Python __slots__ for Compact, Safer and Faster Code

Posted by amitosh on — 1 min read...

Setting __slots__ in your Python class can have significant gains in speed and memory usage.

Python classes consists a magic attribute called __slots__ this defines the attributes that an instance of the defining class can hold.

Python is a dynamic language so normally you can set any attribute to any object as opposed to a static language like Java where you need to define a field explicitly before setting any value. But this dynamic behaviour comes at a cost. All Python objects are essentially a wrapper over a dict (the __dict__ attribute). This makes attribute access a lot slower and since we hold additional baggage capacity, it makes object sizes grow to enormous amounts.

By defining slots you trade the dynamic behaviour for much faster access and smaller memory requirements. Attributes are now directly stored in dedicated slots instead of __dict__ and can be directly accessed.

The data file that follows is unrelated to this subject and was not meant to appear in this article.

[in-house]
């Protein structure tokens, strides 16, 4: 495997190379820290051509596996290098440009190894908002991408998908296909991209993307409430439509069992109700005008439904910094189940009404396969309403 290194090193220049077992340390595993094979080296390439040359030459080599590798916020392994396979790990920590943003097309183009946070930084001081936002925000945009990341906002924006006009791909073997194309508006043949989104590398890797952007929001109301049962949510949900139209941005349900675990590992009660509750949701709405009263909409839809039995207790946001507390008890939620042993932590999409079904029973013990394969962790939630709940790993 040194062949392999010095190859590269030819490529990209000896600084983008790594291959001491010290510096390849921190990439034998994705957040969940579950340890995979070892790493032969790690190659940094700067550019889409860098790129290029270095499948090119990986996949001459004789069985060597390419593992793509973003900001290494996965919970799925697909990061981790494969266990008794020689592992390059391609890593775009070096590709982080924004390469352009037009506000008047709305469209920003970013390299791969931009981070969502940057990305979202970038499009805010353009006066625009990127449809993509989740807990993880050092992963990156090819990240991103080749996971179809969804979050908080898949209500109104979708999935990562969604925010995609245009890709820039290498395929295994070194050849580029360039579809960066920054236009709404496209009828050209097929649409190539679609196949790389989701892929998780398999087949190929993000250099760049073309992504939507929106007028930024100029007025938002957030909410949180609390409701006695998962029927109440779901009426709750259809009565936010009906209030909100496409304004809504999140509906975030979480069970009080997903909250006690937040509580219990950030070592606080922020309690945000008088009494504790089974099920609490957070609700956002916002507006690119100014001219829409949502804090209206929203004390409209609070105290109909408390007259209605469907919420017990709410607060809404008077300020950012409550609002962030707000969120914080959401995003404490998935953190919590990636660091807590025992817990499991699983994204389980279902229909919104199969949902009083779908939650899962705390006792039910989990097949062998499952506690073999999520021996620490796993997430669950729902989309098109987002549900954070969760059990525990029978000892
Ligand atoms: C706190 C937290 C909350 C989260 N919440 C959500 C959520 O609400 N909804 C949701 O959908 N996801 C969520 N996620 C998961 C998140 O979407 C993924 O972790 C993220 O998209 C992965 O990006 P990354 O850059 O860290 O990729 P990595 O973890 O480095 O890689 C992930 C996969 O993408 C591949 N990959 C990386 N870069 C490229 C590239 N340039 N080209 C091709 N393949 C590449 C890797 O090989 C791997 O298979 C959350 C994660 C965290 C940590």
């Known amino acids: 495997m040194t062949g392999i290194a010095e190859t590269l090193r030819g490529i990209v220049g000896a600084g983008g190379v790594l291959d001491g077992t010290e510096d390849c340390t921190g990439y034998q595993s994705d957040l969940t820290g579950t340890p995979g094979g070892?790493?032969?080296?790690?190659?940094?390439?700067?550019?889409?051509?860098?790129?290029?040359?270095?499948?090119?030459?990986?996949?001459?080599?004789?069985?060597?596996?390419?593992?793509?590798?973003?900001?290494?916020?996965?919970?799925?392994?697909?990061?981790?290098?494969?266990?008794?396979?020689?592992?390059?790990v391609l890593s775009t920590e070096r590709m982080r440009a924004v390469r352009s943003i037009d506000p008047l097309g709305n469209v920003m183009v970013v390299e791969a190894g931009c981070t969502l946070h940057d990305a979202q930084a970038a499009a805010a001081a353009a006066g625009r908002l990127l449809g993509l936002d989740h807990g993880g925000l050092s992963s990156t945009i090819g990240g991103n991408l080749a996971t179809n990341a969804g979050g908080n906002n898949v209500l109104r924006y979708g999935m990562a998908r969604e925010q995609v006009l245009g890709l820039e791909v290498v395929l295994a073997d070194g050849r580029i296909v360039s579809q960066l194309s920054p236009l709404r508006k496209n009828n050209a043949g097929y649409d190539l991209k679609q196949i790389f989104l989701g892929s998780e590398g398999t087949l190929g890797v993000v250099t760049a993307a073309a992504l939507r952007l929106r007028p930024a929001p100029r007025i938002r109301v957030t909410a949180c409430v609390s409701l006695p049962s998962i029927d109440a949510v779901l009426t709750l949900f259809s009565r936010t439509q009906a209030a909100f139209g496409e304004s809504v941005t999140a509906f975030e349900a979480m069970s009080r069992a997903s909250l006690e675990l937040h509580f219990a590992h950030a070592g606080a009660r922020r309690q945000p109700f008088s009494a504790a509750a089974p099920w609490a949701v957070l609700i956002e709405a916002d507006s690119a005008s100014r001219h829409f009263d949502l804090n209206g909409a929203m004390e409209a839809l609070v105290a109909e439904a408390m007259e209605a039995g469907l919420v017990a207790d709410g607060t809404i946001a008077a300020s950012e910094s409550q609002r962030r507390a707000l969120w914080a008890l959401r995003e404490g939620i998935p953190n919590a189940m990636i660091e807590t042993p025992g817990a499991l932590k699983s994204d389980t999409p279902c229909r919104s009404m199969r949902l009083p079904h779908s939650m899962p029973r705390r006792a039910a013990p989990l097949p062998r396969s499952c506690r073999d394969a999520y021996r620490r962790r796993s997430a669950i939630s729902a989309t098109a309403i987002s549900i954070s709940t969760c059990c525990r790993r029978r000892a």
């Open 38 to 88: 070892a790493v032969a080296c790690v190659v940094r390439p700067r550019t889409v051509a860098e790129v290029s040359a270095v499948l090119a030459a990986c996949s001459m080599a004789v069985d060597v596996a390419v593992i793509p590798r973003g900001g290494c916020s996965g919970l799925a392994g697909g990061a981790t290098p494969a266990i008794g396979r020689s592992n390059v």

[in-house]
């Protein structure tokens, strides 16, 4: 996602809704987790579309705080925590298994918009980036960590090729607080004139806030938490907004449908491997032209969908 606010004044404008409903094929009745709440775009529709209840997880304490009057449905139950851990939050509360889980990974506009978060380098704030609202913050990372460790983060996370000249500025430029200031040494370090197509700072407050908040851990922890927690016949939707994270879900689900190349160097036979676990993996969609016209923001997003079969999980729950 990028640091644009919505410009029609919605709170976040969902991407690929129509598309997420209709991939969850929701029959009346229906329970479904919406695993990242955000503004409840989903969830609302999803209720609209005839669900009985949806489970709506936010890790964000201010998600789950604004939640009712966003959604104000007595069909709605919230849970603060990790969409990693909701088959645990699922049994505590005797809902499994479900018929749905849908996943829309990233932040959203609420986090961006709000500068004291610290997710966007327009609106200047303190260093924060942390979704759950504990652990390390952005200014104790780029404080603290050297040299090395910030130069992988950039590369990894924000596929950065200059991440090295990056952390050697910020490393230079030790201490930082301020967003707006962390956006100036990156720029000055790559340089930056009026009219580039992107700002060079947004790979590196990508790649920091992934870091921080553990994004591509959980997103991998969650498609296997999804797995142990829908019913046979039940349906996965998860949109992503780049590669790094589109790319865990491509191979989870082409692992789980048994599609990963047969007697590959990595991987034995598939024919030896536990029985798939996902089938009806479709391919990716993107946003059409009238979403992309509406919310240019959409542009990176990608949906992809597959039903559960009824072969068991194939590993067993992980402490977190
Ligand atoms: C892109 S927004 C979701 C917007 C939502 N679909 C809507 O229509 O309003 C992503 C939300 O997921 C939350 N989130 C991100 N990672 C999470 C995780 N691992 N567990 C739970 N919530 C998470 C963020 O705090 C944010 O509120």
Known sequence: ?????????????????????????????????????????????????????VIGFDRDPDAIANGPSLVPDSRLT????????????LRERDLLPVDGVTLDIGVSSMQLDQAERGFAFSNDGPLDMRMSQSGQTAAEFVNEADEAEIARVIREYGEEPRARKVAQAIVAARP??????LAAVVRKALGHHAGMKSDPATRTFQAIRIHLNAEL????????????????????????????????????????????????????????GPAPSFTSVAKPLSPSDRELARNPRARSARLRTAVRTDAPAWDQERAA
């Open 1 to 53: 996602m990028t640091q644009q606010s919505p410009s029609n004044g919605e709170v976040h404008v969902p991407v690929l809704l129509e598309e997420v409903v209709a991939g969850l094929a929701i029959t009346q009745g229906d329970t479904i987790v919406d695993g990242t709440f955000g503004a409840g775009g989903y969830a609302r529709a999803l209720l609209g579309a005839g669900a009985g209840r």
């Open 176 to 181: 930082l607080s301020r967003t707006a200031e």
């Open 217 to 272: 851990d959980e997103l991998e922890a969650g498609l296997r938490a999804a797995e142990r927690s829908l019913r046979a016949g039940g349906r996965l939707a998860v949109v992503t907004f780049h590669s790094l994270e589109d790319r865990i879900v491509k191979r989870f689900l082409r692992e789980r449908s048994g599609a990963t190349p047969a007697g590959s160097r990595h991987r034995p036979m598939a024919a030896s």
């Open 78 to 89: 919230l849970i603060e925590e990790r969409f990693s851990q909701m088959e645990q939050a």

class Product(object):
__slots__ = ['name', 'price']
def __init(self, name:str, price:int):
self.name = name
self.price = price
# ...

Let the lack of dynamic capabilities not scare you. You are already writing good code right? You should ideally not be adding attributes to objects during runtime. A majority of the time this is true.

If you are using mypy or pyre then using slots will enforce an additional layer of safety.

Disadvantages

Noting is free

Slots, other than eliminating dynamic attributes, also make it impossible for you to perform multiple inheritances without any of the parents having free slots.

Written By
Amitosh Swain Mahapatra

Developer, computer whisperer

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